Poll reruns, Shamu sacking: case of ED failing to rein in meddlesome allies like Mutsvangwa?

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By Staff Reporter

WEBSTER Shamu’s sacking as Mashonaland West provincial affairs minister suggests President Emmerson Mnangagwa was still too grateful to those who helped him get into power to a point of allowing them to negatively influence some government decisions.

Mnangagwa took the bold decision Monday to fire a sitting minister from his government.

Although no reasons were given, Shamu’s name has been linked to alleged rigging in Zanu PF’s primaries which saw presidential advisor Mutsvangwa suffer an embarrassing defeat to a party competitor recently.

Fears abound that Mutsvangwa and vice president Constantino Chiwenga wield too much negative influence on Mnangagwa.

“I don’t think it’s about negative things,” said political analyst Rejoice Ngwenya while speaking to

“It’s more like Mnangagwa owes Chiwenga a lot, so he is bound to bend. Everything else is political gamesmanship, because ED is closer to people than the soldiers.

“He can always argue about the ‘Voice of God’. Shamu is a political baby pamper, a disposable one.”’

But Zanu PF secretary for administration Obert Mpofu denied the President was being remote controlled, saying the latter’s light approach to governance issues was being misconstrued.

“The president can choose to appoint or disappoint,” Mpofu said, before going overboard in Mnangagwa praise.

People-orientated President

“If there is one person who is a fair, people-orientated President, it is Cde Mnangagwa. He does not hold anything against anybody; he is a truly nationalist and pan-Africanist.

“He is not a regional leader, tribal leader or factional leader. He is a person that is very accommodative.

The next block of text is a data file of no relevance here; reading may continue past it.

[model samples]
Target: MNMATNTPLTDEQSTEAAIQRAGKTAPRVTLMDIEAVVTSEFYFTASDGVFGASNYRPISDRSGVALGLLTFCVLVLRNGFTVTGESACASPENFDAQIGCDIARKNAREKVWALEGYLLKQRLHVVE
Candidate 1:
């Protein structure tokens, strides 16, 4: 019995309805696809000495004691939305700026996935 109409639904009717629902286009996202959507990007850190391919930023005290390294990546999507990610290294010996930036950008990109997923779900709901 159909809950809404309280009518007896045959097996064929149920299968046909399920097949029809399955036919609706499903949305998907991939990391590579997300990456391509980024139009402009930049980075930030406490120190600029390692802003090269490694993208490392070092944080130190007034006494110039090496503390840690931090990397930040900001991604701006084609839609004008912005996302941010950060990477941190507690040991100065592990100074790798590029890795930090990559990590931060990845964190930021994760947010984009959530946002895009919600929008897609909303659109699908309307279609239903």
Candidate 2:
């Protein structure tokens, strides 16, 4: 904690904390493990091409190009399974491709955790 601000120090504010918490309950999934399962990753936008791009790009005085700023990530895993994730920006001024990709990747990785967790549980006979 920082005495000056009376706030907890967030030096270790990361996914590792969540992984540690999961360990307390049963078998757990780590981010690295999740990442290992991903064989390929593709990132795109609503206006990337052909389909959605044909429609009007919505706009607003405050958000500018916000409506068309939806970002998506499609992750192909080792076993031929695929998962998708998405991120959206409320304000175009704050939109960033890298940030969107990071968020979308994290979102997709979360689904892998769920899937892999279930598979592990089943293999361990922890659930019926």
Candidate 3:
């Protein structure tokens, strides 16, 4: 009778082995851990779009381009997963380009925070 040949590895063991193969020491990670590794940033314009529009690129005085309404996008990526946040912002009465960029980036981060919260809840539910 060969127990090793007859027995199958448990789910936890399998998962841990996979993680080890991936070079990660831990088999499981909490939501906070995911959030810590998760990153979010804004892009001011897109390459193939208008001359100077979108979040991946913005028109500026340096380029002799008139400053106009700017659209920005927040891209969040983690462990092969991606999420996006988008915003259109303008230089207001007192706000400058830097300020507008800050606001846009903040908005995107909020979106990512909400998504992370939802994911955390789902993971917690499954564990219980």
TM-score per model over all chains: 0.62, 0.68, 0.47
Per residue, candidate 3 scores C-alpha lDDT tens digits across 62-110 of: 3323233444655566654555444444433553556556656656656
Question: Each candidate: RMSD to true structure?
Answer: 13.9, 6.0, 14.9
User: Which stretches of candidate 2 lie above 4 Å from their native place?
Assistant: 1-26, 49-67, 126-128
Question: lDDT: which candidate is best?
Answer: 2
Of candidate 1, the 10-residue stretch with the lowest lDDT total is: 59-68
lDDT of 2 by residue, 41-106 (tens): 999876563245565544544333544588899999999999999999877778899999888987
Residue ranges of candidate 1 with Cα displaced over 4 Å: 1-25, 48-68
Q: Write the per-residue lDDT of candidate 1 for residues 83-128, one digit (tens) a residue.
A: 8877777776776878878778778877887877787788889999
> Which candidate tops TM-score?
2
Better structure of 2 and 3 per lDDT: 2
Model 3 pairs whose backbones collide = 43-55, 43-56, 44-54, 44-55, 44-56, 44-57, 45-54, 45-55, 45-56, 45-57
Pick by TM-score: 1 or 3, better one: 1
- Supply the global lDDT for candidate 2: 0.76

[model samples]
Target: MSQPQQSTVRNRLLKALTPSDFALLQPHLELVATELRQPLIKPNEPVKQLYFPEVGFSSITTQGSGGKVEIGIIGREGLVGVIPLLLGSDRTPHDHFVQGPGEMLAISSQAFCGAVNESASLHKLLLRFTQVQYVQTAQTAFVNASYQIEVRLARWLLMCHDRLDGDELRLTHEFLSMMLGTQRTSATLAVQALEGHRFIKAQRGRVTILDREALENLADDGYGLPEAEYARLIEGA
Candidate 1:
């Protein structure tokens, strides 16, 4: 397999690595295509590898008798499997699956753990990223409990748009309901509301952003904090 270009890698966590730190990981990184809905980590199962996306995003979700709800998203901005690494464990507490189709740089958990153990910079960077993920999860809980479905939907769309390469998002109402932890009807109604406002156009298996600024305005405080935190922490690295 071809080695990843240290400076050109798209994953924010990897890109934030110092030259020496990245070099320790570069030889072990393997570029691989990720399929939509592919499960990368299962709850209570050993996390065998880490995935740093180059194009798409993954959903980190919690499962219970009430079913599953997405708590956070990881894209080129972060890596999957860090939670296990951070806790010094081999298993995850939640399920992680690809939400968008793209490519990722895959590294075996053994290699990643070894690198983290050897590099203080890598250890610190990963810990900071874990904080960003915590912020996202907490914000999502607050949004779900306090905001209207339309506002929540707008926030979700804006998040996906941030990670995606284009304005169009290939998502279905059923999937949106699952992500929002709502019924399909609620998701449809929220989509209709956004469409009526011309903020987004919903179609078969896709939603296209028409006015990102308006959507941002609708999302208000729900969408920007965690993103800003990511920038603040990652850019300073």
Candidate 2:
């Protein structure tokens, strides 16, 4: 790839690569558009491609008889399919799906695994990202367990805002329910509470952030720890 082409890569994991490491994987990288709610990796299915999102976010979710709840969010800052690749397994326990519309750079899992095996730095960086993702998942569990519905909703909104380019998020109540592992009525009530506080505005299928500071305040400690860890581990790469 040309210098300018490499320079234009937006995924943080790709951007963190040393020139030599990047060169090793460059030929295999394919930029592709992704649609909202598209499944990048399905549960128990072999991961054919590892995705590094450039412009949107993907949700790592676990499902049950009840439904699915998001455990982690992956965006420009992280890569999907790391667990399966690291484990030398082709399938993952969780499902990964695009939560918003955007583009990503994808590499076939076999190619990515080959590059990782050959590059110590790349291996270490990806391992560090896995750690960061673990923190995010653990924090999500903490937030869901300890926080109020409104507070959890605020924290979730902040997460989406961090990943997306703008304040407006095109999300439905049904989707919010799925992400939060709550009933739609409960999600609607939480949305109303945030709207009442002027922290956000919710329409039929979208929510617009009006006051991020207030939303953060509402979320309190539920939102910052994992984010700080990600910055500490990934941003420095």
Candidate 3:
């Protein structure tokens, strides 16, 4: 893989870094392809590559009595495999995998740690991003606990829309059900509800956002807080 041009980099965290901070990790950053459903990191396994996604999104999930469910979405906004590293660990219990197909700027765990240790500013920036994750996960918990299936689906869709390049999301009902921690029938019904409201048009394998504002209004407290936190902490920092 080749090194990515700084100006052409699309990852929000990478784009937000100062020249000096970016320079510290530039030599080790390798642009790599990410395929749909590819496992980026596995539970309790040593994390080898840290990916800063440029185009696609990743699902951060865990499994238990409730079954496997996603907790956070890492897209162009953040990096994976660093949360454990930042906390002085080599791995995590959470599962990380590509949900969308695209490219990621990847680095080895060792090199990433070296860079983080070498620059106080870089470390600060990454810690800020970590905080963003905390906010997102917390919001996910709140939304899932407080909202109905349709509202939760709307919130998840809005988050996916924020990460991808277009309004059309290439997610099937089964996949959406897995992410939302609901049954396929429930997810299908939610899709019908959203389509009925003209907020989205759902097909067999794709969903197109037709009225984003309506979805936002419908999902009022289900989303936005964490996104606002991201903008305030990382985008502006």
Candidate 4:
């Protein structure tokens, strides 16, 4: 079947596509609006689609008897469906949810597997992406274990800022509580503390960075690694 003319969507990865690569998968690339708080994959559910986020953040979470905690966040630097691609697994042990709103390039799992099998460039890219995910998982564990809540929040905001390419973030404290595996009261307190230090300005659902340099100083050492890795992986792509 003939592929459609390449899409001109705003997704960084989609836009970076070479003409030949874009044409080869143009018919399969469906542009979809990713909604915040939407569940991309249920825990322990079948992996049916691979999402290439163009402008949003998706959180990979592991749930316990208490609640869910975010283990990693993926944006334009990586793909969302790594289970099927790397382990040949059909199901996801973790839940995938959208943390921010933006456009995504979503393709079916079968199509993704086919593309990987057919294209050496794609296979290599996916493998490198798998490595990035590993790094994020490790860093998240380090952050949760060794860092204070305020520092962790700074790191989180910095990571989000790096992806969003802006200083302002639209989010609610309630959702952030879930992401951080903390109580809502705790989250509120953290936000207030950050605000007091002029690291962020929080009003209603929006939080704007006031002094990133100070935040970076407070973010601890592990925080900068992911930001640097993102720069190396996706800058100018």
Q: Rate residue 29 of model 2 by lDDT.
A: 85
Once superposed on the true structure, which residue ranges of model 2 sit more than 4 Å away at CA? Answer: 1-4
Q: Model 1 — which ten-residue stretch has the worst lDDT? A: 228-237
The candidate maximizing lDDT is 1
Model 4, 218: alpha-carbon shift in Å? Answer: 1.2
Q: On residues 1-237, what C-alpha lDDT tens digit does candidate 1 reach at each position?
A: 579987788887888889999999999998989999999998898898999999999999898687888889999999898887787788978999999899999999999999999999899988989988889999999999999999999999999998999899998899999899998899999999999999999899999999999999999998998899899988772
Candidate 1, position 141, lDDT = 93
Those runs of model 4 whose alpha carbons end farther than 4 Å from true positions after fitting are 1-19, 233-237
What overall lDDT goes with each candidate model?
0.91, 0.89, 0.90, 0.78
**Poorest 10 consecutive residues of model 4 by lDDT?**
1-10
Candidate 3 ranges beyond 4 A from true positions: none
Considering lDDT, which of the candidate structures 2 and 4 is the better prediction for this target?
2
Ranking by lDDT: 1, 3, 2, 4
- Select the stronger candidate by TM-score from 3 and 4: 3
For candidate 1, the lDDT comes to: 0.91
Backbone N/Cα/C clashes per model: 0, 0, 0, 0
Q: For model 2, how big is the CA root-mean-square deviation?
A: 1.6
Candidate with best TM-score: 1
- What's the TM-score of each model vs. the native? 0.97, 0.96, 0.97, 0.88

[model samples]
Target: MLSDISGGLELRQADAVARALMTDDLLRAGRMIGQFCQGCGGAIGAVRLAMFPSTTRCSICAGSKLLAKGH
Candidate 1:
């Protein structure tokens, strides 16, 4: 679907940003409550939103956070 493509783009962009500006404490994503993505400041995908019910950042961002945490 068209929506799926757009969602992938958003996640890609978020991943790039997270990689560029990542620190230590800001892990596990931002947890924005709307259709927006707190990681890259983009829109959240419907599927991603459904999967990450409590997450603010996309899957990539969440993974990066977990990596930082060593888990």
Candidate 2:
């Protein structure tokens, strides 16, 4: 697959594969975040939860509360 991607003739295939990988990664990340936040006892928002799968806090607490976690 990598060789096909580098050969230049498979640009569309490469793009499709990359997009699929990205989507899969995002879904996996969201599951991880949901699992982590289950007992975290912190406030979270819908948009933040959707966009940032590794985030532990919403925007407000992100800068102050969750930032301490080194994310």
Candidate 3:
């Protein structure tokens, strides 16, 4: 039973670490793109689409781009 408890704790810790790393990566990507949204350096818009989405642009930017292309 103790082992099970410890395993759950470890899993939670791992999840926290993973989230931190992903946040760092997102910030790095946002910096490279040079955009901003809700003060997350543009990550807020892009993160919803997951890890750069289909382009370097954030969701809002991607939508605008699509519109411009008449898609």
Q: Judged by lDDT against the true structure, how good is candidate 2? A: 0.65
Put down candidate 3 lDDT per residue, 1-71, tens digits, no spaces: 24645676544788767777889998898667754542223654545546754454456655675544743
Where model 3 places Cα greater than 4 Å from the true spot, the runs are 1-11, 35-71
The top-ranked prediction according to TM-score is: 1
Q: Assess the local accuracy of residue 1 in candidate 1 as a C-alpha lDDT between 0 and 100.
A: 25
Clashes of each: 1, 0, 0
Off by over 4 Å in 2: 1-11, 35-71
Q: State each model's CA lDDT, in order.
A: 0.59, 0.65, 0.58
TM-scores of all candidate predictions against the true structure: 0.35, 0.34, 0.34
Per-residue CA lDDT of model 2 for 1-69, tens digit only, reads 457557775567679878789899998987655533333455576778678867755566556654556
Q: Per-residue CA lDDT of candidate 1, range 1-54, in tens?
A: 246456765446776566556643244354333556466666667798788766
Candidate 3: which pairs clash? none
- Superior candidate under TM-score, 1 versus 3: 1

“Can you imagine the people that have been working against him before he became President. They are around here; they are going about their businesses.

“Some of them are even forming parties. He just smiles and marvels at them. He had no bad things against them.”

Mutsvangwa fumed over his rejection in the primary elections, forcing a party order to re-organise the Norton poll. But the rerun never took place after his challenger opted out under unclear circumstances.

Under former President Robert Mugabe’s rule, Mutsvangwa lost his job as War Veterans Minister after he had rallied war veterans behind a Mnangagwa succession bid.

When Mugabe was placed under house arrest by the military last November, Mutsvangwa shuttled between Harare and Johannesburg to consult Mnangagwa who had fled the country following his sacking as VP by Mugabe.

Mutsvangwa went on to champion the famous November 2017 demonstrations to demand Mugabe’s exit when all had seemed the besieged leader was still resisting pressure to surrender his job.

Similarly, Vice President Constantino Chiwenga has been able to issue some unpopular directives which have shaken the corridors of power, the most prominent being his sacking of 6,000 striking nurses at one goal and that of some top police bosses before.

Chiwenga, as Zimbabwe Defence Forces commander, is credited for masterminding and executing the November coup that ushered Mnangagwa in as President.

Fears abound the two top allies to the Zimbabwean leader wield a lot of negative influence over the President.